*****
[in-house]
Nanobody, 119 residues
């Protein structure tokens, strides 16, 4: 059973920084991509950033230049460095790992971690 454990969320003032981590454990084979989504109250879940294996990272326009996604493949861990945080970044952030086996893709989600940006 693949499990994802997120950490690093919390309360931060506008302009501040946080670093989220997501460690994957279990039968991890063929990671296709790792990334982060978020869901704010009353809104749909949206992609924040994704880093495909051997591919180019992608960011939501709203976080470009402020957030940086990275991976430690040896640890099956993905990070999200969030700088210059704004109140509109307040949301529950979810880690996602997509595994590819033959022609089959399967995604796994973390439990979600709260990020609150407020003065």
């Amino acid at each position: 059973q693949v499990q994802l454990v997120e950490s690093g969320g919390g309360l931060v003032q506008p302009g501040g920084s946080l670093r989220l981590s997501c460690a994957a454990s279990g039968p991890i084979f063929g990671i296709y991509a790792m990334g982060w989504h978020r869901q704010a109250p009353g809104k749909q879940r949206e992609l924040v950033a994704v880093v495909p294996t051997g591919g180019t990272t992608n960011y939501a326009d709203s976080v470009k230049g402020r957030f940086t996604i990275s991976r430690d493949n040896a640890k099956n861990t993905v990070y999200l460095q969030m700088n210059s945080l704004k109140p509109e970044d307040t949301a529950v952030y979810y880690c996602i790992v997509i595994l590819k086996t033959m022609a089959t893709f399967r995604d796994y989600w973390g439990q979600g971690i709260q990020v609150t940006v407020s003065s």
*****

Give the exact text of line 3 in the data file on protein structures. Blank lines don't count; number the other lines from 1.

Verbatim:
């Protein structure tokens, strides 16, 4: 059973920084991509950033230049460095790992971690 454990969320003032981590454990084979989504109250879940294996990272326009996604493949861990945080970044952030086996893709989600940006 693949499990994802997120950490690093919390309360931060506008302009501040946080670093989220997501460690994957279990039968991890063929990671296709790792990334982060978020869901704010009353809104749909949206992609924040994704880093495909051997591919180019992608960011939501709203976080470009402020957030940086990275991976430690040896640890099956993905990070999200969030700088210059704004109140509109307040949301529950979810880690996602997509595994590819033959022609089959399967995604796994973390439990979600709260990020609150407020003065």